Stuffed peppers, Piedmont-style: The secret ingredient…

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After spending the better part of the morning researching recipes for Piedmont-style stuffed peppers like the ones in the photo above, I’ve come to realize that the recipe is relatively simple but that there is one special ingredient that many English-language recipes omit.

The basic formula is as follows. And I’m basing my take on it on this recipe in Italian that I found online. The recipe is an adaptation of a recipe published by Alessandro Molinari Pradelli in his La cucina piemontese (The Cuisine of Piedmont), a collection of roughly 800 “traditional Piedmontese recipes.” After looking at countless recipes, this was the best one I could find imho (at least online).

After you roast and peel the peppers, you make the stuffing using the following ingredients:

olive oil-cured tuna
salted anchovies
Grana Padano, grated
tomato purée or paste
bread crumbs
flatleaf parsley
salt (I recommend using kosher salt)

But there is one recipe that the English-language recipes seem to all omit: Seirass, the Piedmontese dialectal name for cow’s milk ricotta (or whey cheese).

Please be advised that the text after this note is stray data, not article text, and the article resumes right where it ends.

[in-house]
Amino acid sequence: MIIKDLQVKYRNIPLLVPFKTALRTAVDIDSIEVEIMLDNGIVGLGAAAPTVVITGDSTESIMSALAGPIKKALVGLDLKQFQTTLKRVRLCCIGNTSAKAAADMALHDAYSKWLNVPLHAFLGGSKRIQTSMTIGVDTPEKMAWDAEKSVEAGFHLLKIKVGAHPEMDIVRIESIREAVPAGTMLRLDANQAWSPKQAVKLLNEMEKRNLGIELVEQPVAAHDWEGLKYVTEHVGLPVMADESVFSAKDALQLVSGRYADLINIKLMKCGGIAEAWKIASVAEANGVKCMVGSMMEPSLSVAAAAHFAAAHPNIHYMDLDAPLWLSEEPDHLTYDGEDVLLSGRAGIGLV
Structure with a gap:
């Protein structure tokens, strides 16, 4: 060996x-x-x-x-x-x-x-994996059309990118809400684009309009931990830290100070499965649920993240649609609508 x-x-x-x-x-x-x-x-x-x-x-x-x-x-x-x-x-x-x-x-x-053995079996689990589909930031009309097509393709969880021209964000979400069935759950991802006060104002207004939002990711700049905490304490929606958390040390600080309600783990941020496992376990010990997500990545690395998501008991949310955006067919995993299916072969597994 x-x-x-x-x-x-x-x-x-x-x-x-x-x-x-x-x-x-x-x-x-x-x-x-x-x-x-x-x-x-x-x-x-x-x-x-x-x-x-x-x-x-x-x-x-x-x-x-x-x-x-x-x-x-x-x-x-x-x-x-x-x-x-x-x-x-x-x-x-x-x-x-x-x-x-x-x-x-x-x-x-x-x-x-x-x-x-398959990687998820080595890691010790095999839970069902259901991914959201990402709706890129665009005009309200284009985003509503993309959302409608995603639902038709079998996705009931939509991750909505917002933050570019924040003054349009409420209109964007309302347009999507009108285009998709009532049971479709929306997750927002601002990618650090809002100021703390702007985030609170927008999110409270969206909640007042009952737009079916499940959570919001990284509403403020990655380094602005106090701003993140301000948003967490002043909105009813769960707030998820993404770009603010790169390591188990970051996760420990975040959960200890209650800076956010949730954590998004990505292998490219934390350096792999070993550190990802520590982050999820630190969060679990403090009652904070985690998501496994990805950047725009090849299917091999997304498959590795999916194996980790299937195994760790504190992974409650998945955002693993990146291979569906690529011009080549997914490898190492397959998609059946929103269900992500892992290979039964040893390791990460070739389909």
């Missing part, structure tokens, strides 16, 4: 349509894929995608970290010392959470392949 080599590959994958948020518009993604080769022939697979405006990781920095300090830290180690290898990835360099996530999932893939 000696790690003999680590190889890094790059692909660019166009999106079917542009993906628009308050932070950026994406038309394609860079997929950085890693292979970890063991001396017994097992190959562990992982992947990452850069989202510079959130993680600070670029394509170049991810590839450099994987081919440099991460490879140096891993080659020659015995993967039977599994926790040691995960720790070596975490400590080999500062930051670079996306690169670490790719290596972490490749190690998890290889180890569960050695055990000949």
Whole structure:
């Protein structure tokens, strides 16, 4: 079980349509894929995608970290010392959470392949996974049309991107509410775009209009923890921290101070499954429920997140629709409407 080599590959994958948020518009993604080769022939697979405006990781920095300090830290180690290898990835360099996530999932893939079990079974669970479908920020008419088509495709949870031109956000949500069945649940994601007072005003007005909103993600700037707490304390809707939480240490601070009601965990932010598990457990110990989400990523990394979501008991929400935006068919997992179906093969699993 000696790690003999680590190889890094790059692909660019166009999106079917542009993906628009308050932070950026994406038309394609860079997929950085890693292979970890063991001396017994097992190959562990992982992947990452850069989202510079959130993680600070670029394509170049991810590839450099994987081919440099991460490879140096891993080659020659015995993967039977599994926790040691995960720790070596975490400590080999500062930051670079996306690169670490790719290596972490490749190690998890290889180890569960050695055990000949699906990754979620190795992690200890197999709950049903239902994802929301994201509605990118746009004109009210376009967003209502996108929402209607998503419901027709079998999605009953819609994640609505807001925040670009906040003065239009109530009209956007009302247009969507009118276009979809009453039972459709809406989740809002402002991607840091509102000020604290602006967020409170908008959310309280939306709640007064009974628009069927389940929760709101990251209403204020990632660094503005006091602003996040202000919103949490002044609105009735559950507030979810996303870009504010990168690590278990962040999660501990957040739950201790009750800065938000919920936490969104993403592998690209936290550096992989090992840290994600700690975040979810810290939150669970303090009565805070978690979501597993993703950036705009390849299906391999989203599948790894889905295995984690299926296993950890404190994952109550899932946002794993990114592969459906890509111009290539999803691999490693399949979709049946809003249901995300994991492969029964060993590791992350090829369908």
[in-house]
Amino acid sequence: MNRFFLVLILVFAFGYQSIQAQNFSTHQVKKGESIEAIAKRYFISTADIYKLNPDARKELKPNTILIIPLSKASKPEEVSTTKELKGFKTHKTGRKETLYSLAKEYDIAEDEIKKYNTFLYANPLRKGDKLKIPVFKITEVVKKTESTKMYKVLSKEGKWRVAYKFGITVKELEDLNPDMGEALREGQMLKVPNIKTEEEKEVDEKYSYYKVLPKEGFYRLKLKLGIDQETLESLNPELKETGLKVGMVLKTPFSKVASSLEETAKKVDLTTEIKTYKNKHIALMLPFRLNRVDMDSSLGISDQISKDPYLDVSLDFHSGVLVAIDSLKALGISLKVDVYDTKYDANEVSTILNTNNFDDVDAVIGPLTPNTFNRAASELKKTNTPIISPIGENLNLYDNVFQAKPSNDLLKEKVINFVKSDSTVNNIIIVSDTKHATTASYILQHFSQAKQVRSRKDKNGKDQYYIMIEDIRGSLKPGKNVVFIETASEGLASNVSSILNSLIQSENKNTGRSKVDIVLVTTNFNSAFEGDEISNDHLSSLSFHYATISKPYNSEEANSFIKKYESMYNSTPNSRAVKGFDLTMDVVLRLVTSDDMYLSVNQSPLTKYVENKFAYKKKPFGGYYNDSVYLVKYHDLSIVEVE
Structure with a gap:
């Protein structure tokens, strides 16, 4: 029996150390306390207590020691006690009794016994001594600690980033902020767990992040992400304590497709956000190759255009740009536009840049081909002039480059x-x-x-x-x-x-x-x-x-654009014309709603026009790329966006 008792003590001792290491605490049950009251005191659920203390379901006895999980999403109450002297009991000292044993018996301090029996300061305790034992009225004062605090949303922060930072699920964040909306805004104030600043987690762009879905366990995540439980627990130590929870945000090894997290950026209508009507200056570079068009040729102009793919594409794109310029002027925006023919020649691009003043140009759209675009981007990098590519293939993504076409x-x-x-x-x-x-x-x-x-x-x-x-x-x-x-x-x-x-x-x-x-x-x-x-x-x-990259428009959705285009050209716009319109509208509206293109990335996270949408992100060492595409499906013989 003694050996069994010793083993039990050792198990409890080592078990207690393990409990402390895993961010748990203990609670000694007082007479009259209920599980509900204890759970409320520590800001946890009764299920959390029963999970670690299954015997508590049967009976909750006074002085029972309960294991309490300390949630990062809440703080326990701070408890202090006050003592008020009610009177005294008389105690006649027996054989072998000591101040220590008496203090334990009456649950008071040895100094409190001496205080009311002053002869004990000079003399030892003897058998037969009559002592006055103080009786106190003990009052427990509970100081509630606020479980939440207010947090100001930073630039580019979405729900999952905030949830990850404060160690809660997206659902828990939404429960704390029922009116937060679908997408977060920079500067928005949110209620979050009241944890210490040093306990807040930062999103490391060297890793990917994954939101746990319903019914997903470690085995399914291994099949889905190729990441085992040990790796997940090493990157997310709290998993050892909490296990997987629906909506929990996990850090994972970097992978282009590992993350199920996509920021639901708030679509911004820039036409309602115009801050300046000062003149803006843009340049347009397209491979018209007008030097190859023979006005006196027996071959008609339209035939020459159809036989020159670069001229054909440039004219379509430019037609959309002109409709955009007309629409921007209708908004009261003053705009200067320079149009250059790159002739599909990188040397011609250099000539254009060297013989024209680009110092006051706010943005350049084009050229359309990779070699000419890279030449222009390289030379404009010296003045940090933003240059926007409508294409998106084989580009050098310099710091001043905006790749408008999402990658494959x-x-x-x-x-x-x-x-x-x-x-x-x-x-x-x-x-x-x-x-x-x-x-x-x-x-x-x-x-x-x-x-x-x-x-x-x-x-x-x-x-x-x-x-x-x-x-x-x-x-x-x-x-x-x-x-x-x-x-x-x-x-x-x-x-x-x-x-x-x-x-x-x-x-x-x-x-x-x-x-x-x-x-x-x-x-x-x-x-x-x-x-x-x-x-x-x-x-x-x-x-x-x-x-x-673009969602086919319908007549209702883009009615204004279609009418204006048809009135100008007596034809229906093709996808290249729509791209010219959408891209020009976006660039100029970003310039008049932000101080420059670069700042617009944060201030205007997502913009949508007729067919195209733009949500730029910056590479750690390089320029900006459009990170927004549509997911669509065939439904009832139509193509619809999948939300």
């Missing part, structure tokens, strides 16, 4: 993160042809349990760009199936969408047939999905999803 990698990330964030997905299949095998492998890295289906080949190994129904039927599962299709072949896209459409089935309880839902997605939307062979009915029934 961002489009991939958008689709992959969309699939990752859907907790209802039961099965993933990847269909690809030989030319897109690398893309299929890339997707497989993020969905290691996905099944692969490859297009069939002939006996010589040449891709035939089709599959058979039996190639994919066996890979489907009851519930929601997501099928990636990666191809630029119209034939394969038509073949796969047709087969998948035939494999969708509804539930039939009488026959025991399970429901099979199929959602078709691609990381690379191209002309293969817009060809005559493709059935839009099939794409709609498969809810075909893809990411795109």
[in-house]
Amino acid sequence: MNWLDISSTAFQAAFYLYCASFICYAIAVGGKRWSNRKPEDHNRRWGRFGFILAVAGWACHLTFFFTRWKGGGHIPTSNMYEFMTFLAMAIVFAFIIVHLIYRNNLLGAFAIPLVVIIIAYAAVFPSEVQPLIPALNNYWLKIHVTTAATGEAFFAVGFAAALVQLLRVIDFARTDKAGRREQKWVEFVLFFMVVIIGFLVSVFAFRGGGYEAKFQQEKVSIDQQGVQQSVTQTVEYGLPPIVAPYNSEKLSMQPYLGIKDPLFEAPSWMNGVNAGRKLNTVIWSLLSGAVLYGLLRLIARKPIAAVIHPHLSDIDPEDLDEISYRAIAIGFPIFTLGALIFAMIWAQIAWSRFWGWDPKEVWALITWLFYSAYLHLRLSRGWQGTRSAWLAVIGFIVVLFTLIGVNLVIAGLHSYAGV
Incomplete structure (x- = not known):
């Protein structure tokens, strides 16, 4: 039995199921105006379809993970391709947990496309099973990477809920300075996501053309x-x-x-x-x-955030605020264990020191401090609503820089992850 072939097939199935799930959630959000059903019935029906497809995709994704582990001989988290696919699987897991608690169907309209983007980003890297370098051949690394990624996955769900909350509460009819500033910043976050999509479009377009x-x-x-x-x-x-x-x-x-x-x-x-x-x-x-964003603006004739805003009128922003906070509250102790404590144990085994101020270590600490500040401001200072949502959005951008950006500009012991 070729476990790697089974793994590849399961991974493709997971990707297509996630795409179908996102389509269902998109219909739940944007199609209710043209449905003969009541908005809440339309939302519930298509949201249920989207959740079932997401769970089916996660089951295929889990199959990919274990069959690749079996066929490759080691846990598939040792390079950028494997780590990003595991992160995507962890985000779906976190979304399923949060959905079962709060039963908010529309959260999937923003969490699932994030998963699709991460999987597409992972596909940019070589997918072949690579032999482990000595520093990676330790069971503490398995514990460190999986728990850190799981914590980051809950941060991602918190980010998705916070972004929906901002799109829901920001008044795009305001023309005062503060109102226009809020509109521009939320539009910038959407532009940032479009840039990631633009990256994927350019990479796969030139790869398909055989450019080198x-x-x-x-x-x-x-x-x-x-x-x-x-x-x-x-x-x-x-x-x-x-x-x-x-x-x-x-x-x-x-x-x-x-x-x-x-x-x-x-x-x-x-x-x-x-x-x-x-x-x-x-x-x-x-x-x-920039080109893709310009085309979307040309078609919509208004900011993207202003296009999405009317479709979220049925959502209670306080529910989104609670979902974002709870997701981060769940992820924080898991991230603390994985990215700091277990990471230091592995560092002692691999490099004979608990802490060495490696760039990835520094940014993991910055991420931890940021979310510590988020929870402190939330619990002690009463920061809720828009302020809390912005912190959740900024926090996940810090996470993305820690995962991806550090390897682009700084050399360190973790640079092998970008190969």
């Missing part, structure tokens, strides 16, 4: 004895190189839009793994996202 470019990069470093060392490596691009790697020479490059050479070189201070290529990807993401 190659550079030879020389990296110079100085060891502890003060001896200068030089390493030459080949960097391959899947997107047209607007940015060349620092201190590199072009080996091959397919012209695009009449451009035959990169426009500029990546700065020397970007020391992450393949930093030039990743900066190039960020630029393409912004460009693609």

Some of the English-language recipes use milk as a substitute but it’s really the ricotta that gives the filling such rich flavor and that unmistakable consistency and texture.

Once the peppers have been cleaned, roasted, and peeled, you stuff them with the filling and then you fire them in an oven. Some people top them with bread crumbs before firing them.

The photo above comes from the Locanda in Cannubi, the Tenuta Carretta inn and restaurant that sit atop Cannubi hill, one of the most famous crus of Barolo where Tenuta Carretta grows one of its top wines.

Utterly delicious and a fantastic pairing for Roero Arneis Cayega!

Jeremy Parzen

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